Locked up in lockdown

Rustam Urinboyed doing fieldwork in a Russian prison.

Since COVID-19 spread to Russia, national authorities have cut off all access to prisons. Based on his recent research, Rustamjon Urinboyev speculates how the everyday lives of transnational Muslim prisoners in Russia are likely to have changed in lockdown.

When the coronavirus pandemic hit Russia, all correctional facilities closed to outsiders to protect the vulnerable prison population. The Russian Federal Penitentiary Service offers limited information about the situation inside the prisons. Very few people know about the current conditions inside Russian prisons and correctional colonies.

Associate Professor Rustam Urinboyev recently conducted ethnographic fieldwork involving 29 interviews with Uzbek nationals who served sentences in Russian penal institutions. In a blog post on the University of Helsinki’s “Gulag Echoes” project website, he speculates that COVID-19 restrictions have had palpable effect on the daily lives of Muslim prison population.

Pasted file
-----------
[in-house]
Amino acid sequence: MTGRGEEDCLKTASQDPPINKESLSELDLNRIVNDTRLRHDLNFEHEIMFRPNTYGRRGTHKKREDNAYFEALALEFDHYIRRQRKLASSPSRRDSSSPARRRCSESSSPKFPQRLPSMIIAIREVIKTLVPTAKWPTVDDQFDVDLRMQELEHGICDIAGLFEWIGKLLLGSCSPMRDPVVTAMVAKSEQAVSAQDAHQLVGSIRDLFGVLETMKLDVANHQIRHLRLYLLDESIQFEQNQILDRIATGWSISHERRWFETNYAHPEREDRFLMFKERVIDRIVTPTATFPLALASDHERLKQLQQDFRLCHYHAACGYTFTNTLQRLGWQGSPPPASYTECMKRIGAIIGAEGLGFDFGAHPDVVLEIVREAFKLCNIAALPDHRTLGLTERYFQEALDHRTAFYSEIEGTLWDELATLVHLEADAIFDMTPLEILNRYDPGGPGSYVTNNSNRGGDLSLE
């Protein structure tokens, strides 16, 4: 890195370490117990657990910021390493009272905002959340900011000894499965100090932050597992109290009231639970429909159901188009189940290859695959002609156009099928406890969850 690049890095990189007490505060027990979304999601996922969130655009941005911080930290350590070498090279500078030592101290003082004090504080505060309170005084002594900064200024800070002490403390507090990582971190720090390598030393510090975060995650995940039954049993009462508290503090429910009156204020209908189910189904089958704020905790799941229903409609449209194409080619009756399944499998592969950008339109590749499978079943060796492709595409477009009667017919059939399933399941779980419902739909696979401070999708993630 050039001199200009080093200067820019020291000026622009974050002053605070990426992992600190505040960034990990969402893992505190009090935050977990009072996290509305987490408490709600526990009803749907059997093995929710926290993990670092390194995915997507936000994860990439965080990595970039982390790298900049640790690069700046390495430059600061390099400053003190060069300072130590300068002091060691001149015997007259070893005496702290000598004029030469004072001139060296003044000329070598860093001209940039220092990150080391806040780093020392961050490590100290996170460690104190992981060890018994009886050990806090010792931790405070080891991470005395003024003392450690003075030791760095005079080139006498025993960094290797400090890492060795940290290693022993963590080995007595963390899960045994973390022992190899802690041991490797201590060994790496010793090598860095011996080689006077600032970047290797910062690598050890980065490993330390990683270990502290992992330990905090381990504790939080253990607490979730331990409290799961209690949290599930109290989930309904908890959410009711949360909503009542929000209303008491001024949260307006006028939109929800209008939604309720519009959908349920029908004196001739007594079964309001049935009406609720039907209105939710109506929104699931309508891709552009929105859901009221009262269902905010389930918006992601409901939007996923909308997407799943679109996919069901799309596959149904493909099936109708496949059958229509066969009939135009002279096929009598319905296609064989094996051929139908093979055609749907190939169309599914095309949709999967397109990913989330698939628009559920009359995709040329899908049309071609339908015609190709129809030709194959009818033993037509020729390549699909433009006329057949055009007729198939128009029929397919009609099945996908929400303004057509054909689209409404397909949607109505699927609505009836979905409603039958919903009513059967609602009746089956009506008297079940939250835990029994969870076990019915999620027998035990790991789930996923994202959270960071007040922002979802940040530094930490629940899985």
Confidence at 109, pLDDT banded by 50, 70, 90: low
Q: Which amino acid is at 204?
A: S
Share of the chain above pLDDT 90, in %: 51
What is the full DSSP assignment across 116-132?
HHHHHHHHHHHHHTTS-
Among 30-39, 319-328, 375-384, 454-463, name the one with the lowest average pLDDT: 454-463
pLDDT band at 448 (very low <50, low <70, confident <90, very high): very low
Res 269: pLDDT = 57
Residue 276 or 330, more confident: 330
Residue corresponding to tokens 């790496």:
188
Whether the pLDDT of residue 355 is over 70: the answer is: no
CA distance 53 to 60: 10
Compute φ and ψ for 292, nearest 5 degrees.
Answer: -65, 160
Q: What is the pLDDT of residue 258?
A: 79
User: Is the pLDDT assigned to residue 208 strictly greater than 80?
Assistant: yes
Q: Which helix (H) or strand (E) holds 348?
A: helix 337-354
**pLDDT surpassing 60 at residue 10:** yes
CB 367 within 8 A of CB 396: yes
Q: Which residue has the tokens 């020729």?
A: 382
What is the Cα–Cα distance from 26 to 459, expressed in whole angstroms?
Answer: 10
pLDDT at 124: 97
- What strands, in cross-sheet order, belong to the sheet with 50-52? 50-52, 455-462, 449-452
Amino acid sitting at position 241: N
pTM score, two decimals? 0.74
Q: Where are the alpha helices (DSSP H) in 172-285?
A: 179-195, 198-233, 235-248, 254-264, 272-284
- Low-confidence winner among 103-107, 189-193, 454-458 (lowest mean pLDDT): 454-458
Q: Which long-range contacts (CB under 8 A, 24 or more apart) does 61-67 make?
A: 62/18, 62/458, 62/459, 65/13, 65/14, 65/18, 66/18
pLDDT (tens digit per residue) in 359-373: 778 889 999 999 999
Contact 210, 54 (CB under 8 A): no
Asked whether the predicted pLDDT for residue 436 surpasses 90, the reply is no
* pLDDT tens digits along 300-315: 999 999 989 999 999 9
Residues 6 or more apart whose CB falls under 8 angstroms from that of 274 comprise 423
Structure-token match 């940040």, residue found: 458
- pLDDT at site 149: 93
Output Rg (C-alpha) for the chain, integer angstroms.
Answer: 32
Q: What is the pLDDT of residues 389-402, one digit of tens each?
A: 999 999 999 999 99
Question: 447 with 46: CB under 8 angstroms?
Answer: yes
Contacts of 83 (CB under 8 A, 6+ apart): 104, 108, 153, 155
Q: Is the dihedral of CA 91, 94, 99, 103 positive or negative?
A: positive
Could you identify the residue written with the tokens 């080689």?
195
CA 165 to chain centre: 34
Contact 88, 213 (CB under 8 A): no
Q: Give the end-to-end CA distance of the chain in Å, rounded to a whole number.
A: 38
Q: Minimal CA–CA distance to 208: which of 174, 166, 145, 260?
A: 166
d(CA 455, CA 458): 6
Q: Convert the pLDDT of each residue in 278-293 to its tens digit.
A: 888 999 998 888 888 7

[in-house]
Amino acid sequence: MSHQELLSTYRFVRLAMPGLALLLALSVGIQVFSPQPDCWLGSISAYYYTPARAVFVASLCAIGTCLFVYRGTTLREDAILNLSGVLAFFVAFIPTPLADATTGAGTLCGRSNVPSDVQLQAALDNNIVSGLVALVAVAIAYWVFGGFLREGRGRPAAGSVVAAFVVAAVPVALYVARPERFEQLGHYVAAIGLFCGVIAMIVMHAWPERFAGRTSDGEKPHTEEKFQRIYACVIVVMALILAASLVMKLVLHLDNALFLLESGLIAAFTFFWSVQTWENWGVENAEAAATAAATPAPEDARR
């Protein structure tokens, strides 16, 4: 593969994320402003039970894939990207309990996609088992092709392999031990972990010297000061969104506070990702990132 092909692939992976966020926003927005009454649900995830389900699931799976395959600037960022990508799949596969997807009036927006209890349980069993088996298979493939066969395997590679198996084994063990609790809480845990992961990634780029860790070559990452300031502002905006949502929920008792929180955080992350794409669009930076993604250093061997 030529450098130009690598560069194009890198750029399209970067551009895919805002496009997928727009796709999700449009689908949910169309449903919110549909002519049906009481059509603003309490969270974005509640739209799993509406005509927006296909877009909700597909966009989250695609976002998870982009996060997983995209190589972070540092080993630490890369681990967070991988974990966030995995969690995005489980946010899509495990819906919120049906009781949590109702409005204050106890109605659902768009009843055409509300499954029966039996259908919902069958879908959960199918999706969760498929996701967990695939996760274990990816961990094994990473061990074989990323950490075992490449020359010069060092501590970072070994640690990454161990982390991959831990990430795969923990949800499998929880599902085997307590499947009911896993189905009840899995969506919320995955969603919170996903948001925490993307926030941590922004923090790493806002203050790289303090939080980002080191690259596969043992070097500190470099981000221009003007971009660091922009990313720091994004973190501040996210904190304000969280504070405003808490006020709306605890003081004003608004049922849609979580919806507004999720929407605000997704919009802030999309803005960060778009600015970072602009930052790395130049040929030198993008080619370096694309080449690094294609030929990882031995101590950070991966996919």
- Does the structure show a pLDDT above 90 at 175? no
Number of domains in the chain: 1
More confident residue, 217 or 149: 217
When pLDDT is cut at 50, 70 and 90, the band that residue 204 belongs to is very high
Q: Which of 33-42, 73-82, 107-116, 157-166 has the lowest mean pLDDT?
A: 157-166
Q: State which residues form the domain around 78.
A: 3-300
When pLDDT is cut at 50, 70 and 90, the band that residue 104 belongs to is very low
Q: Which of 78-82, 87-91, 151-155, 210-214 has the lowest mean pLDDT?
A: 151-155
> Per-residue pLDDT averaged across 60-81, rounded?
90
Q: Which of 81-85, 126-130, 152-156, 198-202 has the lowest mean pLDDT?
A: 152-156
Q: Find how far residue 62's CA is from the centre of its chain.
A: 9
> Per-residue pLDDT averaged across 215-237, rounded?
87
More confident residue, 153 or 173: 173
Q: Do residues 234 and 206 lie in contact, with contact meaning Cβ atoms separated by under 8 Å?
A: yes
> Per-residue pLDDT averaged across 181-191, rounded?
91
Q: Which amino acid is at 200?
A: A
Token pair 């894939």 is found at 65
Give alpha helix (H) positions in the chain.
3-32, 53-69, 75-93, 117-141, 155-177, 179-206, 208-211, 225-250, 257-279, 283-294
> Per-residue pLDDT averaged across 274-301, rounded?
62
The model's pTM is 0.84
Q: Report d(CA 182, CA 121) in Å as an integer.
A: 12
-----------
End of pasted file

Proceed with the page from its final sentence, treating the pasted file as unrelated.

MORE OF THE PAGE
It is unlikely that they are allowed to gather for the daily group prayer, a practice that strengthens solidarity and notions of support among Muslim minority prisoners. The strain is certainly amplified by a lack of Halal food, leaving Muslim prisoners with the option to either give up their religious diet or sustain on bread for the duration of the lockdown.

Urinboyev also notes that a ceased inflow of money, drugs, and electronics during the pandemic times puts prisoners in a particularly precarious situation. “The quality of prisoners’ life in Russian penal institutions highly depends on the maintenance of daily communication and exchange with the street/outside world.”

 

Read the analysis in its entirety at helsinki.fi.

Visit Rustam Urinboyev’s personal page for more information about his research.

 

 

Photo of Rustam
Rustamjon Urinboyev is an Associate Professor and senior research fellow at the Department of Sociology of Law. He received his PhD in sociology of law for a thesis entitled: “Living Law and Political Stability in Post-Soviet Central Asia” (2013), which explored the interconnections between informal economy, community-based traditional governance institutions and political stability.